The First Ring: The Centaurs: The Violent

O blind desires, evil and foolish, which so goad us in our brief life, and then, in the eternal one, ruin us so bitterly! I saw a wide canal bent in an arc, looking as if it surrounded the whole plain, from what my guide had told me. Centaurs were racing, one behind another, between it and the foot of the bank, armed with weapons, as they were accustomed to hunt on earth.

Seeing us descend they all stood still, and three, elected leaders, came from the group, armed with bows and spears. And one of them shouted from the distance: 'What torment do you come for, you that descend the rampart? Speak from there, if not, I draw the bow.'

My Master said: 'We will make our reply to Chiron, who is there, nearby. Sadly, your nature was always rash.'

Then he touched me, and said: 'That is Nessus, who died because of his theft of the lovely Deianira, and, for his blood, took vengeance, through his blood. He, in the centre, whose head is bowed to his chest, is the great Chiron, who nursed Achilles: the other is Pholus, who was so full of rage. They race around the ditch, in thousands, piercing with arrows any spirit that climbs further from the blood than its guilt has condemned it to.'

We drew near the swift creatures. Chiron took an arrow, and pushed back his beard from his face with the notched flight. When he had uncovered his huge mouth, he said to his companions: 'Have you noticed that the one behind moves whatever he touches? The feet of dead men do not usually do so.'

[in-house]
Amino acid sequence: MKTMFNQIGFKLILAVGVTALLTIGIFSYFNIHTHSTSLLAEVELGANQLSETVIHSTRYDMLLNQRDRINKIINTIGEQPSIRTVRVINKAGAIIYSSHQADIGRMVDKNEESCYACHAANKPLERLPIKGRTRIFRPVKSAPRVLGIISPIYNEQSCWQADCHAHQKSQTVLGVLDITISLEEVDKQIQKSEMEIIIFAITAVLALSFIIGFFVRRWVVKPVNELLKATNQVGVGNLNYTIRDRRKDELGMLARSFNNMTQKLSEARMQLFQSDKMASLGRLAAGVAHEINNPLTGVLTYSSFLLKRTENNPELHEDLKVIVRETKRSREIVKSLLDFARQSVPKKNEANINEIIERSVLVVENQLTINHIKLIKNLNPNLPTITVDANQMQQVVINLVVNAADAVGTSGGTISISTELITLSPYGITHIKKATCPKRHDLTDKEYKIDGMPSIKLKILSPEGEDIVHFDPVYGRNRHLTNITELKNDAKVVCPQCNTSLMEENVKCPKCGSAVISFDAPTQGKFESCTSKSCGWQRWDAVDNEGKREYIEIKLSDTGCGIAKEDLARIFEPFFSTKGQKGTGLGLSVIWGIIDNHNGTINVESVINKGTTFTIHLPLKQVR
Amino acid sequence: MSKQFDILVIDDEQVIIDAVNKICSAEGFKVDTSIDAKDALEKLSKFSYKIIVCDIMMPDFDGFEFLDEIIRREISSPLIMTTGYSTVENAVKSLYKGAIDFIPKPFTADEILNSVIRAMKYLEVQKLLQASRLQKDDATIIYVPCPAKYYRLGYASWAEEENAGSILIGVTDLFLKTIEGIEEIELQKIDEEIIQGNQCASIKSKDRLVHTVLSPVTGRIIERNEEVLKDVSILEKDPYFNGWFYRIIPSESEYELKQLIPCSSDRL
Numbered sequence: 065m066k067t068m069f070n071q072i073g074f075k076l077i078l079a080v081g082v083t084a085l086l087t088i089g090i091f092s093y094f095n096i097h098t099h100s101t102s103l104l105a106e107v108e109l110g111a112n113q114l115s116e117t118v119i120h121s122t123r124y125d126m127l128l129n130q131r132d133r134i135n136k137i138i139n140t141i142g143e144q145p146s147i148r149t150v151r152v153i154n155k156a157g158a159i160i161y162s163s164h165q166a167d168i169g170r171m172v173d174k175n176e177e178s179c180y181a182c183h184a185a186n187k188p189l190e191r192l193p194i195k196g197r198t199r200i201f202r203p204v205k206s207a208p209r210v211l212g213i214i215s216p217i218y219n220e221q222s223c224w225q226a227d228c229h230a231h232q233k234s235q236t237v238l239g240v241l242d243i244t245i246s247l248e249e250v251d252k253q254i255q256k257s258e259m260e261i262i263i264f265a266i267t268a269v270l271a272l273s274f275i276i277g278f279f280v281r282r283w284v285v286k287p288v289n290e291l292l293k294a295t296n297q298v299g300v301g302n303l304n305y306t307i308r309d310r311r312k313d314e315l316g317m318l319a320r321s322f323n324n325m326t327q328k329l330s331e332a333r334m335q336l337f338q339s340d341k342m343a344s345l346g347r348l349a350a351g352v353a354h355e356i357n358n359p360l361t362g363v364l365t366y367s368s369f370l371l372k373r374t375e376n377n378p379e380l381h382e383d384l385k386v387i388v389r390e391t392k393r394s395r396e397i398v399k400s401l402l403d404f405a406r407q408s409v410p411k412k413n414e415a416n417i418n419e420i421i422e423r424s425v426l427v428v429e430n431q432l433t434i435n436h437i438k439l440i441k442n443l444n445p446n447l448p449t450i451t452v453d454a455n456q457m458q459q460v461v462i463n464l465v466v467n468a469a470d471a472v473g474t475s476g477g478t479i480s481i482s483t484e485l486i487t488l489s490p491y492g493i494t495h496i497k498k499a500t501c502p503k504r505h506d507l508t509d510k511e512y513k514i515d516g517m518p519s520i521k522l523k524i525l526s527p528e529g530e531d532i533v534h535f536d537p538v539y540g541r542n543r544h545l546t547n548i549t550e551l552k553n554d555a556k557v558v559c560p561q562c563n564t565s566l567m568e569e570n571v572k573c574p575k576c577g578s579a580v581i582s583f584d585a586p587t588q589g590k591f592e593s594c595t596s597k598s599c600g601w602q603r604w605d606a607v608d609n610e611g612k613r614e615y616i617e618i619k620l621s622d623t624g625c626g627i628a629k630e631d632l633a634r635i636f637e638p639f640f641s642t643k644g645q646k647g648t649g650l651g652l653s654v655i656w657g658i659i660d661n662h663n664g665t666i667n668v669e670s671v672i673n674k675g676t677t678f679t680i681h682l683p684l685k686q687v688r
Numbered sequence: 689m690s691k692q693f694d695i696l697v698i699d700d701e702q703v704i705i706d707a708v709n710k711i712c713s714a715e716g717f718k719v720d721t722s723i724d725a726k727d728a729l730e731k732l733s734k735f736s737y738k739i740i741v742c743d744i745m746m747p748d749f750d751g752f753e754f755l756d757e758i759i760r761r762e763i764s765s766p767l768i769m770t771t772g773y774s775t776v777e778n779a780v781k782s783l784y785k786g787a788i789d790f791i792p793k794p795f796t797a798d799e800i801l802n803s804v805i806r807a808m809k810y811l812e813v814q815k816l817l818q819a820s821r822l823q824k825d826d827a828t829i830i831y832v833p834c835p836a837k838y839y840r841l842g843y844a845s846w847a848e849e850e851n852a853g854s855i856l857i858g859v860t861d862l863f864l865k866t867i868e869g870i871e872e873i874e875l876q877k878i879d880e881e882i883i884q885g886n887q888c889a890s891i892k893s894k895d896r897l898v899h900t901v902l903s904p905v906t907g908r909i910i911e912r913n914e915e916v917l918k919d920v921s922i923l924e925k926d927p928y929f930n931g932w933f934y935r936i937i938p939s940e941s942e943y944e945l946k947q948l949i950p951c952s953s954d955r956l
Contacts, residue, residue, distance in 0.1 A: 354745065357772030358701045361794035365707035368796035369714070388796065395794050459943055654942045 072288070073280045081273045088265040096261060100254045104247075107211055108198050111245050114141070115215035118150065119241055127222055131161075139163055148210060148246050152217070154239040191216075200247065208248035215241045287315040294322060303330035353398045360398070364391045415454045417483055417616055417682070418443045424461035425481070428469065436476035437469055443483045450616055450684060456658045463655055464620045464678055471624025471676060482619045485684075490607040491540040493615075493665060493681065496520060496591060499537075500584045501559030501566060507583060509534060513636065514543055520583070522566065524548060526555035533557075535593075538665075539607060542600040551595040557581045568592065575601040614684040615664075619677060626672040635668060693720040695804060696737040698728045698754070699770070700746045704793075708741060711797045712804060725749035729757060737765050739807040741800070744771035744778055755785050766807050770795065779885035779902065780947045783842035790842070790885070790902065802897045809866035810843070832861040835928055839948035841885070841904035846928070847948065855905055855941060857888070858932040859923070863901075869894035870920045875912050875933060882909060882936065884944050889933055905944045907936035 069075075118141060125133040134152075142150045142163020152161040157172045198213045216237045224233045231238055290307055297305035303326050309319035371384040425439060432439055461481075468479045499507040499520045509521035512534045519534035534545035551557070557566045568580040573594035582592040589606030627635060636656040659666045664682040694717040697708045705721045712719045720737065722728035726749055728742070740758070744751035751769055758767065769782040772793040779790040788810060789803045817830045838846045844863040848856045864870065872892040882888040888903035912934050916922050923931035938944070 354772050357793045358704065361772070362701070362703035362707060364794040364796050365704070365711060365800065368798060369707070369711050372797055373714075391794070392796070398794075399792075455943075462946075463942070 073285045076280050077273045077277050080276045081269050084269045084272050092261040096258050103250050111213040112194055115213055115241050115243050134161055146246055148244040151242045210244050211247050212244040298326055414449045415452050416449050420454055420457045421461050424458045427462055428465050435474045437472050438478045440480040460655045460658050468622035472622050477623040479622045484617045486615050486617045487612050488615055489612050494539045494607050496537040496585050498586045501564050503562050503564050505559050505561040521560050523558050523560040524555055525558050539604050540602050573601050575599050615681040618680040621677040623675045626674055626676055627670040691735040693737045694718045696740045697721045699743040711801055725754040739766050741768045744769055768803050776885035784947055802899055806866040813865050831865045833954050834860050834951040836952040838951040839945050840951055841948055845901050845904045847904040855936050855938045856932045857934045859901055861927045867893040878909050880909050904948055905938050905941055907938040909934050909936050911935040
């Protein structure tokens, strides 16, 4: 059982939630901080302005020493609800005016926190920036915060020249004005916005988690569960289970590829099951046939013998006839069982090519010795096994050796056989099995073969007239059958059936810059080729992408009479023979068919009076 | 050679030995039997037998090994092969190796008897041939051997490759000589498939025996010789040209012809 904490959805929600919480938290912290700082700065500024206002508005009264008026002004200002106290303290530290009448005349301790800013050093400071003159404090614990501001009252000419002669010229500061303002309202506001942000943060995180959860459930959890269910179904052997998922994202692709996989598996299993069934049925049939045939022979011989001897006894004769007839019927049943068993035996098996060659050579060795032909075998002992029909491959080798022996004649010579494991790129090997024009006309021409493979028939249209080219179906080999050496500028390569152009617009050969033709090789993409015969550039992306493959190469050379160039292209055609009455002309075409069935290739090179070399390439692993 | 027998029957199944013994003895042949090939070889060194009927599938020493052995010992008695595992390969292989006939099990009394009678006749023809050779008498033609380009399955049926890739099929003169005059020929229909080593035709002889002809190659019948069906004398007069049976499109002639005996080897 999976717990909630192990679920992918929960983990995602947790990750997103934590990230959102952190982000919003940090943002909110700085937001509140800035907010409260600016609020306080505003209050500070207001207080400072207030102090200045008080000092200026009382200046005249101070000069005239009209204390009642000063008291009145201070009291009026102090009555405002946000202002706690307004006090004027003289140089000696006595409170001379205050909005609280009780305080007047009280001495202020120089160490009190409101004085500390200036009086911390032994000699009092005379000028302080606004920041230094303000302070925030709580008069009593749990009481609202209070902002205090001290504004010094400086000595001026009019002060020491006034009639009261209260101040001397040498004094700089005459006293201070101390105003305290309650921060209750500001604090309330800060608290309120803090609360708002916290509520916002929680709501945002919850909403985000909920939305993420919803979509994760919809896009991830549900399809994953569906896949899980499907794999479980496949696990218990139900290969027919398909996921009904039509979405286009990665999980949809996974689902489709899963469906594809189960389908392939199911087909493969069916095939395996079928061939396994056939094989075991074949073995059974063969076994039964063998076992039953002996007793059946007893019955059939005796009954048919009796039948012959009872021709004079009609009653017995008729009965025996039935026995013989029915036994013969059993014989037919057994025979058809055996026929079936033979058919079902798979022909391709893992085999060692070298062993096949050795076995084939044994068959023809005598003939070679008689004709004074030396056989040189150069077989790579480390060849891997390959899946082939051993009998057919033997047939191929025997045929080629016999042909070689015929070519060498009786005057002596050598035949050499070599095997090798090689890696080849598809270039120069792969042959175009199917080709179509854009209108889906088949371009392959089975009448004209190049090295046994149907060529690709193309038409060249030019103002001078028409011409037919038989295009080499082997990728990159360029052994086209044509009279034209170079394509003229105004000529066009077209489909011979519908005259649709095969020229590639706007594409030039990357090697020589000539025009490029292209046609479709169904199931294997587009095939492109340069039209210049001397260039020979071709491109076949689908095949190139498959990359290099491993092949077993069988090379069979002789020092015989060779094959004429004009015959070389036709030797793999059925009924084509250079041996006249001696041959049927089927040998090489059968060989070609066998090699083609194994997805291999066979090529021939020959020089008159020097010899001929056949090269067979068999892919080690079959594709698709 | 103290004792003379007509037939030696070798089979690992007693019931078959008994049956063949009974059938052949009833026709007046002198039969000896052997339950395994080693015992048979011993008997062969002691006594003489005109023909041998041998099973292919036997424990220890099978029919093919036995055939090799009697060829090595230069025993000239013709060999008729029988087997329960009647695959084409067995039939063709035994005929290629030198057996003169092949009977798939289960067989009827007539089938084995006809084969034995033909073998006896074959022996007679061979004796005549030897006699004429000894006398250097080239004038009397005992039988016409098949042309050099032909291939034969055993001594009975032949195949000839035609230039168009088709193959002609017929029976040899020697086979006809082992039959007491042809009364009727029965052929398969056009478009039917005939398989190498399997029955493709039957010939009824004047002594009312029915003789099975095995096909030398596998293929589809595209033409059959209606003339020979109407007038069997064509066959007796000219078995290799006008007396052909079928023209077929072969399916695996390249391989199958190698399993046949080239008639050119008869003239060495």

And my good guide, who was by Chiron's front part, where the two natures join, replied: 'He is truly alive, and, alone, I have to show him the dark valley. Necessity brings him here, and not desire. She, who gave me this new duty, came from singing Alleluiahs: he is no thief: nor am I a wicked spirit. But, by that virtue, by means of which I set my feet on so unsafe a path, lend us one of your people whom we can follow, so that he may show us where the ford is, and carry this one over on his back, since he cannot fly as a spirit through the air.'

Chiron twisted to his right, and said to Nessus: 'Turn, and guide them, then, and if another crew meet you, keep them off.'

Questions. Make sure you can answer these questions about what you just read:

  • how does the Minotaur behave when he sees Dante and Virgil?
  • how can the Centaur Chiron tell that Dante is still alive?
  • who does Chiron aside to be Dante and Virgil's guide?

Source: Dante's Inferno, translated by A.S. Kline (2000). Website: Dante and Others.

Modern Languages MLLL-2003. World Literature: Frametales. Laura Gibbs, Ph.D. This work is licensed under a Creative Commons License. You must give the original author credit. You may not use this work for commercial purposes. If you alter, transform, or build upon this work, you may distribute the resulting work only under a license identical to this one.
Page last updated: October 9, 2004 12:48 PM